Today's Wonder of the World is...Raisins!
Flickr photo by Dusty 73
Hey! There's a box of raisins that's big enough for the Jolly Green Giant!
I love Weirdly Huge Pretend Food, but I have a little confession to make.
Don't tell anyone, but I'm not that crazy about downing handfuls of raisins by themselves.
Unless they look like this.
Flickr photo by kenzilicious
Mmm. Chocolate covered raisins. They're too good to share with children.
(Not that I hog them to myself and then destroy the evidence. No. I wouldn't do that.)
So why, you ask, did I name raisins as a Wonder of the World, if I don't pop them like M&M's?
Well, I'll tell you the truth. I started thinking about raisins because of this.
Flickr photo by boomette1
This, my friends, is raisin pie.
Stop shuddering! It's really good! Unbelievably good! Shockingly good!
If you read yesterday's post, you may remember that yesterday was my daddy's birthday. Every year my mom makes a raisin pie for the occasion because he loves it so. Have you ever tried it? You should.
It might turn you into a raisin fanatic.
Kind of like this guy.
Flickr photo by 3dphoto.net
Except my dad doesn't do that. That would be weird.
(No offense, raisin eyebrow man, but you're scary looking.)
Anyway, thinking about that raisin pie made me realize how many of my favorite things have raisins in them.
Like my absolute favorite French pastry, pain aux raisins.
Flickr photo by Quan Nguyen
Literally translated, it means bread with raisins, but oh man, after looking at that, the name fits even in English, because PEOPLE I'M IN PAIN, WANTING ONE OF THOSE RIGHT NOW!
I think I might cry. Seriously.
You are skeptical and think I'm joking, but have you tried one?
The buttery goodness. The creaminess of the custard hidden between the slightly crispy on the outside, soft on the inside pastry spirals, the ever so slightly burned raisins. (They're good that way!) Lordy Lordy, pain aux raisins are a WONDER OF THE WORLD! (I could never post about just them by themselves because the excitement would push me over the edge. I'd have to stow away on a flight to France and then I'd get arrested.)
I'll calm down now.
Did you know that raisin is the French word for grape?
(It's kind of confusing--like crayon is the word for pencil. The French like to keep us off kilter.)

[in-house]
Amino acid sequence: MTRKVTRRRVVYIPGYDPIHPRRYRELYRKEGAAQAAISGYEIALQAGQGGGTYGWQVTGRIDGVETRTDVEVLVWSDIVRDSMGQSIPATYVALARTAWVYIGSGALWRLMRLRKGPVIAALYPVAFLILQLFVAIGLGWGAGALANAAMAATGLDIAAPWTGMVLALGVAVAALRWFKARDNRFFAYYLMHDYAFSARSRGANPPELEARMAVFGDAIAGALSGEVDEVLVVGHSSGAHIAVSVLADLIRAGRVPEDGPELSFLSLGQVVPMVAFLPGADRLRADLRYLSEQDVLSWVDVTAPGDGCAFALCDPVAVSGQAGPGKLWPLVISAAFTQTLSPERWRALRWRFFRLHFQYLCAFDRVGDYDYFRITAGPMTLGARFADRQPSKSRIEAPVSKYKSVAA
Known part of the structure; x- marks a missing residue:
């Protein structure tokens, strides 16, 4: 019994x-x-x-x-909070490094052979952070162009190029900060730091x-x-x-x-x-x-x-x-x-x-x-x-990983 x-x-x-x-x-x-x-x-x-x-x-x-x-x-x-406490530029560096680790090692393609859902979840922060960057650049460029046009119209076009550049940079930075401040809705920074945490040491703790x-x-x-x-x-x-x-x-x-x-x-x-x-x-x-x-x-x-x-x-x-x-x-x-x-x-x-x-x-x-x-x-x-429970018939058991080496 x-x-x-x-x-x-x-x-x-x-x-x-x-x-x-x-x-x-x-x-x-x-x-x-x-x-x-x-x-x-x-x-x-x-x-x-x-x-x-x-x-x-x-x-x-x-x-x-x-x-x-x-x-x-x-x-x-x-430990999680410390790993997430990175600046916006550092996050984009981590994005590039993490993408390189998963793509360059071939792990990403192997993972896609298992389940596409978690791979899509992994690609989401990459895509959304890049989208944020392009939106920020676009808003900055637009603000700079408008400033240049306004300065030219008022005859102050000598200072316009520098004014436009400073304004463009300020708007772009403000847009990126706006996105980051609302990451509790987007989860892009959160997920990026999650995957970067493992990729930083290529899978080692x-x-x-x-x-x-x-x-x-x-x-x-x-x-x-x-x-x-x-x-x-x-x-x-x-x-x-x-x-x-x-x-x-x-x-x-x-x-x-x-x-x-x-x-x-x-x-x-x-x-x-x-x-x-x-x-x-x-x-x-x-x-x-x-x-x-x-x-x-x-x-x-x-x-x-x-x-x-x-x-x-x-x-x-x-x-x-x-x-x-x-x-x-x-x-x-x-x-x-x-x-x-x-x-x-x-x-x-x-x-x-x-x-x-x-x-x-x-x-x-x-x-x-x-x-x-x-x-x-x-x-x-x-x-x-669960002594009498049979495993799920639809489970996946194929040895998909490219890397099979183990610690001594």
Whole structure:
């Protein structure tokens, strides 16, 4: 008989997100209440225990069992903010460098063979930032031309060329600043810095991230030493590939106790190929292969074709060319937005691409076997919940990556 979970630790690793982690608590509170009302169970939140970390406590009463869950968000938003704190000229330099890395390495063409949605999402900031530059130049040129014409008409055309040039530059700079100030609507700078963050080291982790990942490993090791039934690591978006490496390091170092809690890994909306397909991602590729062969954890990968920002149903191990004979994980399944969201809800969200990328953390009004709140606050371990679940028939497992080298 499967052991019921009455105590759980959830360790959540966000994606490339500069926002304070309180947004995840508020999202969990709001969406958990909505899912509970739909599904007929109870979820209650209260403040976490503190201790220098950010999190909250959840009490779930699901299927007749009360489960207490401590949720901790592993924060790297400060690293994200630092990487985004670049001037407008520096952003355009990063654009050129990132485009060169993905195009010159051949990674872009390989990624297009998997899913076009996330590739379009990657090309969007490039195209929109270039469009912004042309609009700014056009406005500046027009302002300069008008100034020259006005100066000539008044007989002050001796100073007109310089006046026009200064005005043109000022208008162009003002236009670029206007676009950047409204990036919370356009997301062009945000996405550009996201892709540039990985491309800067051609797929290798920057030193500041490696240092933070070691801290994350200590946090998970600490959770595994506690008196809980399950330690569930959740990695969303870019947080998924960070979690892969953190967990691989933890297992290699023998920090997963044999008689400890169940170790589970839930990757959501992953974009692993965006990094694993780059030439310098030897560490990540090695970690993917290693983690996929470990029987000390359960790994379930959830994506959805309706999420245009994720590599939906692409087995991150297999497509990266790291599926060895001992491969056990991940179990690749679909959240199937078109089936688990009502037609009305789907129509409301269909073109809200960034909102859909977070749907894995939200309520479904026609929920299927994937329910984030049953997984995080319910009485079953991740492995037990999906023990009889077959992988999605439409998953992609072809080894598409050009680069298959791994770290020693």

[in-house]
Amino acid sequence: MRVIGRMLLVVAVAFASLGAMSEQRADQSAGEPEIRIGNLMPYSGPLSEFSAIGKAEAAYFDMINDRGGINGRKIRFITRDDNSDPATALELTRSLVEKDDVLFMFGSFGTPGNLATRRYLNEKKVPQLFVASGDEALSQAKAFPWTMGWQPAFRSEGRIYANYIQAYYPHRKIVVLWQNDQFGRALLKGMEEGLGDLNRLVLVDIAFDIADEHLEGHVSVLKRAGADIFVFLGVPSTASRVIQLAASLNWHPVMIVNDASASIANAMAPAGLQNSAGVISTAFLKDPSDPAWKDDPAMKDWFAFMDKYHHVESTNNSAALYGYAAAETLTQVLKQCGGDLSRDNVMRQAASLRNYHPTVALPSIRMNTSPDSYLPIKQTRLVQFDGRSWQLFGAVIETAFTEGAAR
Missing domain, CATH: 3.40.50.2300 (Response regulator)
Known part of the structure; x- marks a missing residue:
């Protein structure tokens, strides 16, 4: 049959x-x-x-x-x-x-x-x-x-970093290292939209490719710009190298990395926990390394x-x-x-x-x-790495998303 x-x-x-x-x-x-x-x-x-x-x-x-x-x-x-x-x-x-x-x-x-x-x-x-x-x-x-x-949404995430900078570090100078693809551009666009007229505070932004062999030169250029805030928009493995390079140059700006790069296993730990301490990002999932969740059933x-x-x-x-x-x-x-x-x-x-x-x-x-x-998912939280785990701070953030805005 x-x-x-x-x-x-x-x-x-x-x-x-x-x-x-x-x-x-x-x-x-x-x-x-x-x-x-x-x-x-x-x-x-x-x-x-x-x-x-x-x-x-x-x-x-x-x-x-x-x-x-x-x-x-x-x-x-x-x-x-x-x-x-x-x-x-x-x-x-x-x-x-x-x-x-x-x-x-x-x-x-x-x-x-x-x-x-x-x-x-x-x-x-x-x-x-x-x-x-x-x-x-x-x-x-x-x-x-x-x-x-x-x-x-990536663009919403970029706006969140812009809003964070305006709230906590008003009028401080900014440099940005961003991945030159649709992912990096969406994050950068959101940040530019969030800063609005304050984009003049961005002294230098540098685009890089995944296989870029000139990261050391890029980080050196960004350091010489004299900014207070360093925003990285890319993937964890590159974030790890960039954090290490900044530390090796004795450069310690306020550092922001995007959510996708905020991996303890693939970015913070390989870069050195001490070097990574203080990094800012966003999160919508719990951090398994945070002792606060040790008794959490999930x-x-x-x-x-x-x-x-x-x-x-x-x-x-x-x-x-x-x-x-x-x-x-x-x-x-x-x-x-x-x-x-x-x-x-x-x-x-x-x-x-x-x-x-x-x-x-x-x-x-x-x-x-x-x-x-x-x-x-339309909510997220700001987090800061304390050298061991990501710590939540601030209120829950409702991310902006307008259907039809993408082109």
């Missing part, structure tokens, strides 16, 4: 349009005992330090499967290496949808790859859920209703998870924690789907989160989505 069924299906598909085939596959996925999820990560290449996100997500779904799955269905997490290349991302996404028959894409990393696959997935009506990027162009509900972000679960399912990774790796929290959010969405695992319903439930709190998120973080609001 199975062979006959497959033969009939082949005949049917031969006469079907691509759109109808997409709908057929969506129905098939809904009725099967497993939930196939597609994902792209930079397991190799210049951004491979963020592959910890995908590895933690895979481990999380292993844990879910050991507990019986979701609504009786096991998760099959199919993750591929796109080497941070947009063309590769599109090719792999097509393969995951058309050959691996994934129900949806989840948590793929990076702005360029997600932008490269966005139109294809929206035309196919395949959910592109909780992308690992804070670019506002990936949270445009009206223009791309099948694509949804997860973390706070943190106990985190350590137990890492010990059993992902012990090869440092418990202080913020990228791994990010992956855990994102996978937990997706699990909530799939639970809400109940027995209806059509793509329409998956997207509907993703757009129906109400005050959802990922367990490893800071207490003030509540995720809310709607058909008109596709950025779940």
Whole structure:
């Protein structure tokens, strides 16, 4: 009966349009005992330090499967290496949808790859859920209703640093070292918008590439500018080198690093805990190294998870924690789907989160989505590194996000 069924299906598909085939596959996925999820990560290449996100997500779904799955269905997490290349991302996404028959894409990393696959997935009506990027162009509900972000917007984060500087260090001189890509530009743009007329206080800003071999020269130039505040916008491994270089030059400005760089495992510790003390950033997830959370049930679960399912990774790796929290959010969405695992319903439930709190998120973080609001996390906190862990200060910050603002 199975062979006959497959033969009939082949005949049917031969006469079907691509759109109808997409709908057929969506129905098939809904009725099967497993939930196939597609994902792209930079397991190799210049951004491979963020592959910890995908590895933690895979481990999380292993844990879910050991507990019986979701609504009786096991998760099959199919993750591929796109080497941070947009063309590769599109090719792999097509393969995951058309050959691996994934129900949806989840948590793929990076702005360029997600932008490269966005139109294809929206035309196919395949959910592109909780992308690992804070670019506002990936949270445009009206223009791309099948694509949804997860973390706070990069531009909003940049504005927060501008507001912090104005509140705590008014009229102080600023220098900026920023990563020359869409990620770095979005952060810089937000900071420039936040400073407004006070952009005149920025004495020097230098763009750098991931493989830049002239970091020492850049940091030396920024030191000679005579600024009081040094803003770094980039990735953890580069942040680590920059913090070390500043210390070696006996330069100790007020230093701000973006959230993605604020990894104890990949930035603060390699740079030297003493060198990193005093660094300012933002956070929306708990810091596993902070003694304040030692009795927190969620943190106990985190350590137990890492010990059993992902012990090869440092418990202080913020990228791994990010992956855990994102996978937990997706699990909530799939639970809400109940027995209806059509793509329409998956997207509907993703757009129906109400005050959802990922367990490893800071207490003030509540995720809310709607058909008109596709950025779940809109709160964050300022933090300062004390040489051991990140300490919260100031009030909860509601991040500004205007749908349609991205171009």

A raisin is a raisin sec, a dried grape. So I guess I was wrong. Literally, pain aux raisins is translated bread with grapes. However you translate it, they're magnifique.
But this is good too.
Flickr photo by menickstephensorg
It's Rum Raisin.
And there's cinnamon raisin bread.
Flickr photo by WendysWTN
It's not pain aux raisins, but it's still delicious.
In the world of food, we can't all be pain aux raisins. If somebody gets to be the queen, other people have to be the peasants.
Did you know that here at the Ramsey house we could make our own raisins if we wanted to?
I don't think I've ever mentioned it, but we have a vineyard in our backyard.
Don't call me Ernestine Gallo, but we do have a long line of grapes running up to the back fence. They're muscadines, a pungent musky grape that is native around here. My hubby grew up eating them, and I've adjusted. I even like them now.
The first time we picked them, we let him eat his fill. That was a mistake. A couple hours later his face was so swollen that we could hardly see his eyes! We'd never heard that dogs can't eat grapes, but it's true.
Tanner was disappointed. First spackling paste, and now grapes!
They look good, but they're not ripe yet. By early October they'll be perfect.
All this raisin talk made me wonder, how exactly do people dry grapes?
If this photo is typical, they dry them by hanging the clusters. At least this Greek vintner does it that way.
Flickr photo by urgenci international network
How is it done in California?
Does anybody know?
Maybe I should ask these guys.
Flickr photo by lova revolutionary
Have a Wonder-Full Thursday, y'all!
Take a spin around your house/office to this little ditty, and tell me, are you a fan of raisins? Or do you think they're all dried up?